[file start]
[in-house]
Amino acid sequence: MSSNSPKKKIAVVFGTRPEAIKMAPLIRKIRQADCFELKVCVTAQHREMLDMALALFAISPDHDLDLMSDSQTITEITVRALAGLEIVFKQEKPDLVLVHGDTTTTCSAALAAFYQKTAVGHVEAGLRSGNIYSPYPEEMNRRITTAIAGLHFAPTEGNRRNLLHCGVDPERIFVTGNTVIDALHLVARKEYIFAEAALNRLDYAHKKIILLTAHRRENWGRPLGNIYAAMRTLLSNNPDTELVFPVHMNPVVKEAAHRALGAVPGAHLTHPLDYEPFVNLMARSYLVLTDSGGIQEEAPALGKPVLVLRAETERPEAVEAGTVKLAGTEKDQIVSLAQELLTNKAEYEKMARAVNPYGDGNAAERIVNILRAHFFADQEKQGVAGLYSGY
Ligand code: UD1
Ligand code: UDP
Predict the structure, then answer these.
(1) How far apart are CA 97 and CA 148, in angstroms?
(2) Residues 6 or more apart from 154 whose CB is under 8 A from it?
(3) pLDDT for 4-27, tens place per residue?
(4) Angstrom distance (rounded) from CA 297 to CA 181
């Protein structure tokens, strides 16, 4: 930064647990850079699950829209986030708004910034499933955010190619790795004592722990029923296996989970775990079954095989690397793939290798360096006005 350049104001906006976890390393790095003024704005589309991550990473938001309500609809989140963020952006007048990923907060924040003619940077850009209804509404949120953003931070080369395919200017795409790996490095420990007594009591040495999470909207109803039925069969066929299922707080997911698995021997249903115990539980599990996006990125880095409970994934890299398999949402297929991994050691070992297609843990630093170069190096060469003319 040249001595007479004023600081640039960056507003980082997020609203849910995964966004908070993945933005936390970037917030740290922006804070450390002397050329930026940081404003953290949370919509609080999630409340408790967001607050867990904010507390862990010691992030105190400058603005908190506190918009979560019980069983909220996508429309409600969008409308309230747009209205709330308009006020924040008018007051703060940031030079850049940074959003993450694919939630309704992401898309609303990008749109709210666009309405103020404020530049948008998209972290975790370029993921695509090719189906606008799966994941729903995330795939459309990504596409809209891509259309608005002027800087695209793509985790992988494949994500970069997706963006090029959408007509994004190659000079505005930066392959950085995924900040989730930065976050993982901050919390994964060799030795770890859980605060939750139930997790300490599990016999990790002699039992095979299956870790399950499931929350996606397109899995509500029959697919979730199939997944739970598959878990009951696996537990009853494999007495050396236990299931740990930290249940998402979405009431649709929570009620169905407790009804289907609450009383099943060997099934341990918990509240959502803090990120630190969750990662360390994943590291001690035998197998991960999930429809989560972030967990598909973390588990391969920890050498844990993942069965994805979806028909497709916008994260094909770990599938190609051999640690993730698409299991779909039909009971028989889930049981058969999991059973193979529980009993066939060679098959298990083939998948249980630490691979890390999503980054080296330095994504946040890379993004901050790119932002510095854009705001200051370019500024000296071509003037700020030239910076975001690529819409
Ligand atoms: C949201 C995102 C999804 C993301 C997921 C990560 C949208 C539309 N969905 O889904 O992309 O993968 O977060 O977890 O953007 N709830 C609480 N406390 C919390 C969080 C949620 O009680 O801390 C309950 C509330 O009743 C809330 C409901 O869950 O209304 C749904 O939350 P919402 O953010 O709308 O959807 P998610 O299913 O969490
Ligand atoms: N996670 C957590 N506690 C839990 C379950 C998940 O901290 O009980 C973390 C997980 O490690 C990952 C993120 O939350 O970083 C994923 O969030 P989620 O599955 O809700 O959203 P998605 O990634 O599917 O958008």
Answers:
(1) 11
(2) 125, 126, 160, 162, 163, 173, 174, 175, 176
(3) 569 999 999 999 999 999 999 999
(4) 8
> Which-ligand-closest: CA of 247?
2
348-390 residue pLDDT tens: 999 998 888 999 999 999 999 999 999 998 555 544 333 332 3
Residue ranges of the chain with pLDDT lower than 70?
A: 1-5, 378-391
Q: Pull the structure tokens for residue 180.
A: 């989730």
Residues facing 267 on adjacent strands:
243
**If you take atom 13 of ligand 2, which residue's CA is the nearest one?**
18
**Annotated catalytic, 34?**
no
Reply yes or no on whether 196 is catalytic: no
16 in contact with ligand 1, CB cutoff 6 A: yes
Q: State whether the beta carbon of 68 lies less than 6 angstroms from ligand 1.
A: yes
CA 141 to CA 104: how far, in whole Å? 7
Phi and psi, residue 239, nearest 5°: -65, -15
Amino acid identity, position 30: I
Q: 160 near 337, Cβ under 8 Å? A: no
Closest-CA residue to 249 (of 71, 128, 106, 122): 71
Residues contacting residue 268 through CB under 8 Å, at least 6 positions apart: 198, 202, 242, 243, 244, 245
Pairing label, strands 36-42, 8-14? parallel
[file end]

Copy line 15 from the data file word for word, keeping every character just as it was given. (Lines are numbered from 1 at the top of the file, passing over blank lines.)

(2) 125, 126, 160, 162, 163, 173, 174, 175, 176